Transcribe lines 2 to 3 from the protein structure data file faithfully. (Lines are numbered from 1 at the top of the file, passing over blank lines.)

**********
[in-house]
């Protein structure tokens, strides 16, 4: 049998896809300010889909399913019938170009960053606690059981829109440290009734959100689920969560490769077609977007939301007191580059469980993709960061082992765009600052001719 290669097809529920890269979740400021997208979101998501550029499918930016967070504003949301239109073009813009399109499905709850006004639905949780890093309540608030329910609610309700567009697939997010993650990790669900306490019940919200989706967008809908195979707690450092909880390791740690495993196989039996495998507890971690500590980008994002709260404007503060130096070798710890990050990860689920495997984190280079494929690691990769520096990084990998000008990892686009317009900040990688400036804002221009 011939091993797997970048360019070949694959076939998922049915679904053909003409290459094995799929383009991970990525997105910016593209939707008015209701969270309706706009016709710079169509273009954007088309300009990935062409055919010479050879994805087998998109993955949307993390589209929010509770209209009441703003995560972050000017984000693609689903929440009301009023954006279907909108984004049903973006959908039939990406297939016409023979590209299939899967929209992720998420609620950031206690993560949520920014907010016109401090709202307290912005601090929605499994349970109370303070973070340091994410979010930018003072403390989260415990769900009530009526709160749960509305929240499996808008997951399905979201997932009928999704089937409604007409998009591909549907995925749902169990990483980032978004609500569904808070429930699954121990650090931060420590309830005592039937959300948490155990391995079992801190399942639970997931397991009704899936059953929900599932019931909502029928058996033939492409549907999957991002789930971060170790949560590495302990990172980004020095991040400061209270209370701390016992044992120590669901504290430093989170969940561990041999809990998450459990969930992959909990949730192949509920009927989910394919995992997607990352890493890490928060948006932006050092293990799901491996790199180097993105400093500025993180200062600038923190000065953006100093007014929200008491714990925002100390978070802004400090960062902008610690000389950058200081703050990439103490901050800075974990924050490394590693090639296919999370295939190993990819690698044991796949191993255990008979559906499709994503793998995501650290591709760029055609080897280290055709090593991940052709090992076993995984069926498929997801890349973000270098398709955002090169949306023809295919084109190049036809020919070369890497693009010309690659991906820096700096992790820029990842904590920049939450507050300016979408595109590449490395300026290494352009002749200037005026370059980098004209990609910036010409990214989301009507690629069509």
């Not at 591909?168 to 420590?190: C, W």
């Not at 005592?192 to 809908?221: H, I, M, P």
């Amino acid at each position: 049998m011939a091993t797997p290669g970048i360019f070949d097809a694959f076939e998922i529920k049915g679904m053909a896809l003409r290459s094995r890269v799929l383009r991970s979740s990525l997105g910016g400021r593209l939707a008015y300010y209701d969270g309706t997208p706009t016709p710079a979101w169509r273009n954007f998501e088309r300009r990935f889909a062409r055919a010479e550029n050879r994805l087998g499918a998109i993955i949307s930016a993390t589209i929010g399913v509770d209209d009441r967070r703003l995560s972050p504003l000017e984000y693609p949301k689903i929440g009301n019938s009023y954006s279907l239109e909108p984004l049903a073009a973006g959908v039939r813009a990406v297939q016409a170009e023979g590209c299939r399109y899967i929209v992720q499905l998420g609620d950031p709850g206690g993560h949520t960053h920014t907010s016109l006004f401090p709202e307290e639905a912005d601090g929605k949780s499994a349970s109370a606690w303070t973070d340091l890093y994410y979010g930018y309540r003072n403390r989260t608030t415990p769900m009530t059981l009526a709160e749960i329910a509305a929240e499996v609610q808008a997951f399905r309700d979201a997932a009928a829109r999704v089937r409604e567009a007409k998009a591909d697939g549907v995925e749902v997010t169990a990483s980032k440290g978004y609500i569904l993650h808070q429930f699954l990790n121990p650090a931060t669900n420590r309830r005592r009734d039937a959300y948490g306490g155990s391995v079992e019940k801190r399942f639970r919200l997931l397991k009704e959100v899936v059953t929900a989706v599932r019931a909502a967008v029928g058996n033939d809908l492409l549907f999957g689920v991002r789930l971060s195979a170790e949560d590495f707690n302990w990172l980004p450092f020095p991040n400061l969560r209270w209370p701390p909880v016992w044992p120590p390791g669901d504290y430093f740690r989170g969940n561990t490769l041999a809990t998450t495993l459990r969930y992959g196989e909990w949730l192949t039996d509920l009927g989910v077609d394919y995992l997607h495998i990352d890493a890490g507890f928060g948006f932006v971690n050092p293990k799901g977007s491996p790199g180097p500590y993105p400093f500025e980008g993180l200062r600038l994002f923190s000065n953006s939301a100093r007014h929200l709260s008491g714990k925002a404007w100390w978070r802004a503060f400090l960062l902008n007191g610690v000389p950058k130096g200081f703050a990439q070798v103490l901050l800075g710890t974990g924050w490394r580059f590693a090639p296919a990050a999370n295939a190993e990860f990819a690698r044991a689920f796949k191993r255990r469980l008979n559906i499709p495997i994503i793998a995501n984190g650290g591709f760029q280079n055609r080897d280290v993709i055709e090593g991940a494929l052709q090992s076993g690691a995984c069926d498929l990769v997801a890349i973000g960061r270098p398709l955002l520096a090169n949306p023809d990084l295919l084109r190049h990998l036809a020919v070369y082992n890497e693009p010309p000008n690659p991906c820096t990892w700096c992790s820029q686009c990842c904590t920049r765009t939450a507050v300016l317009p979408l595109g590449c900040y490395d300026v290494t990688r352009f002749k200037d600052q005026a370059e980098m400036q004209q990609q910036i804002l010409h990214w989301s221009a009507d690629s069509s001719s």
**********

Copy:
């Protein structure tokens, strides 16, 4: 049998896809300010889909399913019938170009960053606690059981829109440290009734959100689920969560490769077609977007939301007191580059469980993709960061082992765009600052001719 290669097809529920890269979740400021997208979101998501550029499918930016967070504003949301239109073009813009399109499905709850006004639905949780890093309540608030329910609610309700567009697939997010993650990790669900306490019940919200989706967008809908195979707690450092909880390791740690495993196989039996495998507890971690500590980008994002709260404007503060130096070798710890990050990860689920495997984190280079494929690691990769520096990084990998000008990892686009317009900040990688400036804002221009 011939091993797997970048360019070949694959076939998922049915679904053909003409290459094995799929383009991970990525997105910016593209939707008015209701969270309706706009016709710079169509273009954007088309300009990935062409055919010479050879994805087998998109993955949307993390589209929010509770209209009441703003995560972050000017984000693609689903929440009301009023954006279907909108984004049903973006959908039939990406297939016409023979590209299939899967929209992720998420609620950031206690993560949520920014907010016109401090709202307290912005601090929605499994349970109370303070973070340091994410979010930018003072403390989260415990769900009530009526709160749960509305929240499996808008997951399905979201997932009928999704089937409604007409998009591909549907995925749902169990990483980032978004609500569904808070429930699954121990650090931060420590309830005592039937959300948490155990391995079992801190399942639970997931397991009704899936059953929900599932019931909502029928058996033939492409549907999957991002789930971060170790949560590495302990990172980004020095991040400061209270209370701390016992044992120590669901504290430093989170969940561990041999809990998450459990969930992959909990949730192949509920009927989910394919995992997607990352890493890490928060948006932006050092293990799901491996790199180097993105400093500025993180200062600038923190000065953006100093007014929200008491714990925002100390978070802004400090960062902008610690000389950058200081703050990439103490901050800075974990924050490394590693090639296919999370295939190993990819690698044991796949191993255990008979559906499709994503793998995501650290591709760029055609080897280290055709090593991940052709090992076993995984069926498929997801890349973000270098398709955002090169949306023809295919084109190049036809020919070369890497693009010309690659991906820096700096992790820029990842904590920049939450507050300016979408595109590449490395300026290494352009002749200037005026370059980098004209990609910036010409990214989301009507690629069509």
């Not at 591909?168 to 420590?190: C, W």